[Tweet “The bottom line depends on how he behaves when he is upset.”] If he's dangerous, you need to get out of there. If he's just whiny, then you have to either turn that off and say, “I'm not taking any responsibility for how you handle yourself,” or, “I'll take some responsibility for not having dinner and disappointing you, but I won't take any responsibility for how you handle your disappointment. That's all yours.” 

That’s part of this CORE strength we talk about. It’s knowing what side of the street is mine. My side of the street is I can be empathetic that: “Yeah I disappointed you. But I'm not going to enable you to blame me for your behavior.” 

For example, a little kid says, “Well, she took my toy, that's why I hit her over the head with the pan.” As a mom we would say, “You can't handle yourself that way when you get mad at your sister.” Right? 

Or, a reckless driver says, “The reason I smashed into the car in front of me is because he was driving too slow and I just wanted to make sure he sped up.” It's crazy, but somehow we think, “It's my job to make sure he doesn't get upset.” No, it's not. 

I'm not saying to provoke your husband on purpose. What I'm saying is you will provoke him. How many of your husbands provoke you? How many of your kids provoke you? People provoke us all the time, right? People upset us. But how we handle ourselves is our responsibility. 

Your husband is not a child. [Tweet “He's a grown-up and grownups are supposed to be able to handle their own emotions and take responsibility for how they behave.”]

So again, don't JADE, and maybe ask a curious question and see if that goes anywhere. If it doesn't then just say, “Well I guess we'll have to agree to disagree. I don't take responsibility for that, I can't control your hands, I can't control your mouth, I can't control how you behave.”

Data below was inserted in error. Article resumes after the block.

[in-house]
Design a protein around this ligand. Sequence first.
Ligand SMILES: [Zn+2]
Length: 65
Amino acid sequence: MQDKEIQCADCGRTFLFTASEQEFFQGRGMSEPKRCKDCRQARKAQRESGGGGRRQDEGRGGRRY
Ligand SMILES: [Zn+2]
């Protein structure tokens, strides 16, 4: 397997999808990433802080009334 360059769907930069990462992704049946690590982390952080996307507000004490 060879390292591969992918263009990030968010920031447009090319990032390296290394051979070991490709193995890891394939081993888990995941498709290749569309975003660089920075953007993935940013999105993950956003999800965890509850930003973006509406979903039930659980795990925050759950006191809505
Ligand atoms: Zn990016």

Here’s another illustration. You can actually make this at home. Take a clear, plastic bottle and put a little dirt in the bottom, and then pour water inside. Let it settle so you don’t see the dirt. 

Now, picture everything is going along fine and then something happens to upset your husband. To illustrate, shake the bottle. Obviously, the water will get dirty. Now, did you make the water dirty? No. The dirt was already in there. You simply shook it. You exposed the dirt that was already there. 

Jesus says, “Out of the overflow of the heart, the mouth speaks.” (Luke 6:45) If I get upset and dirt comes out of my mouth, it exposes what was already there all along. Nobody made me have that dirt. It was there, it's just now coming out, and I'm blaming you for it coming out. 

Sometimes it’s good for us to see what’s inside. Just like you when you're reactive, it's good for you to see, “Wow, I've got a lot going on in here, I need to pay attention and help myself calm down, help myself with this dirt inside because I don't want it there.” And when your husband blames you for his own “dirt,” that's not truthful.

Friend, what do you do when someone is intent on holding you responsible for how they behave, feel, or think?

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  1. julie on May 18, 2022 at 7:17 am

    Thank you so much ! This is very helpful !

    I pray your time in Israel is A. M. A. Z. I. N. G. !!! ❤

    • Lisa on December 27, 2023 at 12:12 am

      What if your husband says “I have to raise my voice for you to listen”. I always tell him that whenever he raises his voice is when I stop listening and his message gets lost, yet he still places blame on me for his tone.

  2. Liz on May 19, 2022 at 8:26 am

    This is very helpful
    Thank you!!!

  3. Sunny on May 19, 2022 at 8:40 am

    This post is really helpful. Thanks Leslie for the examples of words to use in these situations.